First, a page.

The Hunger Games: Catching Fire: some sequels are content in repeating the story of the original work with minor variations (these generally make for less attractive experiences); others continue (in an organic way) and expand the story and the world where it takes place. This film (at least to those not knowledgeable about the source material) starts as one of the first type, but morphs into the second; the story got richer and more emotionally involving. The discomfort with the concept remains (somewhat lessened compared to the first one), but dystopian societies are so for a reason; in fact, the curiosity about the backstory of this world and its inhabitants is piqued. Jennifer Lawrence is again a great presence in the cast, but the cast (with welcome additions of older actors) is all strong. Special note must given to the inventive costume design. The pace is somewhat uneven, but it’s an entertaining film.
Philomena: as it usually happens with fact-based stories, this is at the same time unbelievable and sadly believable. The screenplay smartly mixes comedy with the drama, but is unable to sidestep its bias (warranted or not) or to hide its manipulative tendencies. The best reason to watch it is the masterful presence of Judi Dench, who created a great character, well-rounded, flawed and very touching; Steve Coogan is better than adequate in a role that doesn’t require all that much. One quick note about Alexandre Desplat’s score: for the most part, it seemed the music was there to raise the suspense, a quirky choice.
The Spy Who Came in from the Cold: Richard Burton creates a subtle, great portrait in this cold, unromantic yet thrilling (in a fashion) view of the world of espionage. The serpentine plot is rather interesting and well put together. Oswald Morris’ camera work is dynamic and elegant; the lighting is curiously hard. It certainly was a creative decision with director Martin Ritt: the characters, for the most part, are scrutinized and shown in very unflattering ways by the story; the aesthetic choice complements that idea. Solid film.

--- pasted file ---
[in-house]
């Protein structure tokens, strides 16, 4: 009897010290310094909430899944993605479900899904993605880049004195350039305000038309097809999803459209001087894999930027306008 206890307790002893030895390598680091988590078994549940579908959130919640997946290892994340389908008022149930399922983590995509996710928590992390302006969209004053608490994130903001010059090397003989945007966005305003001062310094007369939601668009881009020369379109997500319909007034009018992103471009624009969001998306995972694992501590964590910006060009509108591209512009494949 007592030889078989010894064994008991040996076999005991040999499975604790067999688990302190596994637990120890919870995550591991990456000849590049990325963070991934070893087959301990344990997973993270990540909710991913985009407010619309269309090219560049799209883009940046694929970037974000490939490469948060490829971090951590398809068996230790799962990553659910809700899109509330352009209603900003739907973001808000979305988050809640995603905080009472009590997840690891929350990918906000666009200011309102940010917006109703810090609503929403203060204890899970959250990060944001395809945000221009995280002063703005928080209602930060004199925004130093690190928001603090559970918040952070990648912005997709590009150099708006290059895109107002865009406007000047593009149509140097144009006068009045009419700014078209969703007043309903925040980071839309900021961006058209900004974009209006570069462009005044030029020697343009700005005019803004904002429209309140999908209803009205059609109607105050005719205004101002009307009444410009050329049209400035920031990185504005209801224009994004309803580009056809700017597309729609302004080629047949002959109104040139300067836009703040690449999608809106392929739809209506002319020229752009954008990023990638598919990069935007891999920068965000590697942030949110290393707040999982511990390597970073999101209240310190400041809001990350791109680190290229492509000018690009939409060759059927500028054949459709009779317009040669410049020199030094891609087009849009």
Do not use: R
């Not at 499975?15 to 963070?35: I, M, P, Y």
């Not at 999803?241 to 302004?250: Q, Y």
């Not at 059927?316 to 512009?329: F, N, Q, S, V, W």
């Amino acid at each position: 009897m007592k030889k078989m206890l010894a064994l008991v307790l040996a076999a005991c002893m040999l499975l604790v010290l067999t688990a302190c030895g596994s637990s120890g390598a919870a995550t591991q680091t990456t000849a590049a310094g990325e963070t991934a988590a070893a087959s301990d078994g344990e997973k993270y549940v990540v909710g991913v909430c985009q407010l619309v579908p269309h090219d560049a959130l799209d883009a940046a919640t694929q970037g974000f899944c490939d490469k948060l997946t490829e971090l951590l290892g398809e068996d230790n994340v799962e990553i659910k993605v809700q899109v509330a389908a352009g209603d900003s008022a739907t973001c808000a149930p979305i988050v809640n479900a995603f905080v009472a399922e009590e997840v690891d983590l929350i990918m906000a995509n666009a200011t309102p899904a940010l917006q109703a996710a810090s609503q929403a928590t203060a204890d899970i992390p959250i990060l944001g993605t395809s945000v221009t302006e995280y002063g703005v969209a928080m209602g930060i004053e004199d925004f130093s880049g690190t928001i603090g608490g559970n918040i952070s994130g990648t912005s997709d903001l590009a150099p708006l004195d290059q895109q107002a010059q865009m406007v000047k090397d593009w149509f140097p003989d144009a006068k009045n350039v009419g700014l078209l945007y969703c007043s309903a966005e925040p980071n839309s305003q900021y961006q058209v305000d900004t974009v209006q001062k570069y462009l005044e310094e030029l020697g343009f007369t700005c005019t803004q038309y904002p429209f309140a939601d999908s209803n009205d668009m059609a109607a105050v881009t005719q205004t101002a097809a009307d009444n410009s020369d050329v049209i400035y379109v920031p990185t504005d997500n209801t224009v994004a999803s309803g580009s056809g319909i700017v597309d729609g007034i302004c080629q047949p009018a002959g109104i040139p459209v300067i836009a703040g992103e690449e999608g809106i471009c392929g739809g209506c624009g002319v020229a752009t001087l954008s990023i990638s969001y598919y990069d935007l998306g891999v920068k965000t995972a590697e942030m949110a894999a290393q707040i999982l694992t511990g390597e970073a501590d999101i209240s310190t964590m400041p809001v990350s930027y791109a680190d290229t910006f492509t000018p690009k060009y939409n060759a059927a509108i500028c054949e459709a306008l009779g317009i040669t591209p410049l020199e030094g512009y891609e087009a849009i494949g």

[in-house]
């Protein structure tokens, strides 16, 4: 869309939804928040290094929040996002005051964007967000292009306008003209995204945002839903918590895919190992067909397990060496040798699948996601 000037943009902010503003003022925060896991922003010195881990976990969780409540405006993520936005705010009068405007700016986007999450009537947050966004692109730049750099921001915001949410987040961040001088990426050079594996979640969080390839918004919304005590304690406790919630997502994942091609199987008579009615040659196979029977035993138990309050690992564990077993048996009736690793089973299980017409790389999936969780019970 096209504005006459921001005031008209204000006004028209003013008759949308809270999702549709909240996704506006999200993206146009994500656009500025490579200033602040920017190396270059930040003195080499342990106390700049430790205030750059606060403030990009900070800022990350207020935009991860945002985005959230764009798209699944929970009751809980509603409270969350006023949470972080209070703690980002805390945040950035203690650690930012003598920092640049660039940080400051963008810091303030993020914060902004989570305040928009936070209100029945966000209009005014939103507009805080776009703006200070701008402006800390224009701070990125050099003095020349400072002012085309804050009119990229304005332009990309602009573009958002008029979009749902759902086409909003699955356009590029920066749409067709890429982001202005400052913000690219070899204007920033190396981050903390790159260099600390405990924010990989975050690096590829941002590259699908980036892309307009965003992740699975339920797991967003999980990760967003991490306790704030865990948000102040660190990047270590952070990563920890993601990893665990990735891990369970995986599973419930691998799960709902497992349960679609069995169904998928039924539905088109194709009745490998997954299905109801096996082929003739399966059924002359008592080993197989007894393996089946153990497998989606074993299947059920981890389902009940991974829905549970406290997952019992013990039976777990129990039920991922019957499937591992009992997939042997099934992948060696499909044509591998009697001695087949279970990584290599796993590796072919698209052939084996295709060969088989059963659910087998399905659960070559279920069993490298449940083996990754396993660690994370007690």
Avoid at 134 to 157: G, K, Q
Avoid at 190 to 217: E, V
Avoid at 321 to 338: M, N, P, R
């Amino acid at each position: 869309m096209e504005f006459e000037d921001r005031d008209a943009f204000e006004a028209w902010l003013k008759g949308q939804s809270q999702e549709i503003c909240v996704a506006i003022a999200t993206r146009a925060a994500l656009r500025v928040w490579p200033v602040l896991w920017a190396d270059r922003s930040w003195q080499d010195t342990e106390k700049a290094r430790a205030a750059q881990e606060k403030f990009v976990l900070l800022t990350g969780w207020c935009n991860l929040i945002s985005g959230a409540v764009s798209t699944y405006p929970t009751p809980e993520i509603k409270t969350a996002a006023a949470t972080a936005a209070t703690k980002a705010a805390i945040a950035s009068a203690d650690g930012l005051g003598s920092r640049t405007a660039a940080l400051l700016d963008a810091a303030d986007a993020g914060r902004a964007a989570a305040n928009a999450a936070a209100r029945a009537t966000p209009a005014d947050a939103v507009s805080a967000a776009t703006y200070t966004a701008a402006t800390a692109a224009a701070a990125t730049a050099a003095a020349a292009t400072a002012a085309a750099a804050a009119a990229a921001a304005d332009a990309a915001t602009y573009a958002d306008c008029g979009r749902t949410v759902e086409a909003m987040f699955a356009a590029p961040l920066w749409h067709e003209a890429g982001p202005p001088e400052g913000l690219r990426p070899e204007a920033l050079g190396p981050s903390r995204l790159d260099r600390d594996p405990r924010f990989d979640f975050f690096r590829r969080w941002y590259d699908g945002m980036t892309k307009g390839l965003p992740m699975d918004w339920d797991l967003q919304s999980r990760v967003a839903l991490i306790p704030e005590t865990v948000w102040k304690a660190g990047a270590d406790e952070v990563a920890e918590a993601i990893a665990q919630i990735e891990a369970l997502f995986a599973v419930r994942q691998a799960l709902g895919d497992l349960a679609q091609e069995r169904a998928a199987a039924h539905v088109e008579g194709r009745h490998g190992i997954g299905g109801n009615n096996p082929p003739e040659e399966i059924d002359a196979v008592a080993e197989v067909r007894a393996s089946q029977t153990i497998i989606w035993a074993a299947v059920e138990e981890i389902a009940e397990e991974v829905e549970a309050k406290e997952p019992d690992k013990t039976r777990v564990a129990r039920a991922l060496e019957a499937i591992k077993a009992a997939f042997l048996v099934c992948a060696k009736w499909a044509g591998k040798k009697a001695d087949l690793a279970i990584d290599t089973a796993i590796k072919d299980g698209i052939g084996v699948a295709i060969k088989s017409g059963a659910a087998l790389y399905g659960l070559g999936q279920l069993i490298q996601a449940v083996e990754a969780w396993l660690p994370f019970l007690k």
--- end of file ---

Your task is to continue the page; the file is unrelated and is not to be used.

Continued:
Aningaaq: A relatively little know fact about Gravity is that a short, a companion piece of sorts, was written and directed by Jonás Cuarón, Alfonso Cuarón’s son and a co-writer of Gravity. It’s a lovely piece. Enjoy!
Nebraska: beautiful little film. Quite well-written, this drama extracts the funny moments not by making fun of its characters, but by respecting them and being good-natured about their flaws, much like the way the main character, well-played by Will Forte, is. That is the source of the deep humanity of its simple story of complex, but wonderful, familial relationships. Bruce Dern is simply marvelous in the role, played with extreme simplicity and effectiveness; the whole cast is, in fact, strong. The black-and-white cinematography is soothing and feels perfect for this.
About Time: at its best moments, this film has a great sweetness to it; the relationships of the family members are all heart-tugging. This is familiar territory for Richard Curtis, even if this film is lighter on comedy than most of his fare; the cast is well-chosen and well-tuned. However, at its worst moments, it becomes preachy and (clearly) manipulative; worse than that, it does so inelegantly, abusing voice-overs instead of trusting the cast with a scene. Nevertheless, it’s a cute, touching story.